News & Events

  • Palliative care is one of the fastest growing areas in health care, with three times as many hospitals providing palliative services today as did just 15 years ago.

  • Annual spending for cancer treatment in the U.S. is set to reach $184 billion by 2020. The large and growing bill has raised concerns that fee-for-service payments for oncology are promoting over-treatment and use of more expensive drugs irrespective of patient benefit. 

  • This health policy briefing on Capitol Hill will bring together top health care leaders with diverse business and policy expertise to share their unique perspectives as key players in the implementation of the Affordable Care Act, market leaders driving change, and policy experts with alternative ideas for the future of health care.

  • Drug abuse during pregnancy is a growing problem, evidenced by the three-fold increase in newborns diagnosed with neonatal abstinence syndrome (NAS) between 2000 and 2009. Infants with NAS can suffer violent withdrawal symptoms that result in traumatic and costly NICU stays.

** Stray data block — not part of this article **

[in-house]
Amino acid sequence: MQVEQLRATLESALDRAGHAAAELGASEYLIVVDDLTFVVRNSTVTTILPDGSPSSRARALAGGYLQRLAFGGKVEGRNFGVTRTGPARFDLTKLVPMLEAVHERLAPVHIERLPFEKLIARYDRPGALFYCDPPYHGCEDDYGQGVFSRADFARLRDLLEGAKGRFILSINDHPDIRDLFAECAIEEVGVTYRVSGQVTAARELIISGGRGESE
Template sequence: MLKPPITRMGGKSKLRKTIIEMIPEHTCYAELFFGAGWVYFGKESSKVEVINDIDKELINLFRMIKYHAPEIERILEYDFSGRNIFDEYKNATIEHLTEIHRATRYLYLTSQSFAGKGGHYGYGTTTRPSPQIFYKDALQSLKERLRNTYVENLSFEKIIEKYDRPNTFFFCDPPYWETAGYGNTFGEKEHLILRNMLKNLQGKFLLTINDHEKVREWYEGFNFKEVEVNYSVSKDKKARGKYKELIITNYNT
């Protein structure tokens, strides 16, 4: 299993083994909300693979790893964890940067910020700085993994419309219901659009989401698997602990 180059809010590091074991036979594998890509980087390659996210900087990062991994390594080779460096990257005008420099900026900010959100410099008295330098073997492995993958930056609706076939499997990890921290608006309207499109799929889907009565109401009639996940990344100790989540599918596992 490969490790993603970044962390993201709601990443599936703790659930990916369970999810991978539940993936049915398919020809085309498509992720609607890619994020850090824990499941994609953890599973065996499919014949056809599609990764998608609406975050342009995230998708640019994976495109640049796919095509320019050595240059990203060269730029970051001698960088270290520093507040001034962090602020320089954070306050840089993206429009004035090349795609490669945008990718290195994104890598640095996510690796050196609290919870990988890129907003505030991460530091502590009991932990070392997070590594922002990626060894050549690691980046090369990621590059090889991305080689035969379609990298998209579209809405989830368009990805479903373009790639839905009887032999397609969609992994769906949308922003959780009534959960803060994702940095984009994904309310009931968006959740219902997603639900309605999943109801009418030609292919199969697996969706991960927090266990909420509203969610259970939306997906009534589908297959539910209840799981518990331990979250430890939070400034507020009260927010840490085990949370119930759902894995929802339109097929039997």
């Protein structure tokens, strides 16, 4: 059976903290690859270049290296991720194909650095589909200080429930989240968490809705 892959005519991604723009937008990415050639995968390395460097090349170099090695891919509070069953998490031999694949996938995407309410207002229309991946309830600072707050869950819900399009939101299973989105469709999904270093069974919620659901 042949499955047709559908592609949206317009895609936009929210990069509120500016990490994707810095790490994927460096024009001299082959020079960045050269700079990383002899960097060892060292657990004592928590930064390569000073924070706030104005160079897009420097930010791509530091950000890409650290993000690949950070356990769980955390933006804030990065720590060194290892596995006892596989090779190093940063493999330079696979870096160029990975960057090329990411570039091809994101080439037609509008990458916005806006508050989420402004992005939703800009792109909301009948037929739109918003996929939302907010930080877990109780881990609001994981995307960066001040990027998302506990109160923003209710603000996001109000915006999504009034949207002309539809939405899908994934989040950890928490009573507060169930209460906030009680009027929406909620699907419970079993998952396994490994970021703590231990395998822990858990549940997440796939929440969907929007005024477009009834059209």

• NIHCM Foundation seeks a highly motivated individual to join our team as a research and policy analyst. The research and policy analyst would support the Foundation’s work to foster public-private collaboration to improve the U.S. health system.

  • With the epidemic of prescription painkiller abuse and related increase in heroin dependence, the health system is facing an alarming rise in neonatal abstinence syndrome (NAS). NAS afflicts newborns exposed to drugs, most commonly opioids, while in utero.

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The number of hospitals, physicians and other providers affects the amount of care delivered to American patients and the value received from our health care spending. Some capacity expansions produce benefits that exceed their costs, yet the reverse may be true when overuse of expensive goods and services occurs. NIHCM Foundation is pleased to release a research brief on this topic, "The Challenges of Health System Capacity Growth" by Laurence Baker, Professor of Health Research and Policy, Stanford University.

 
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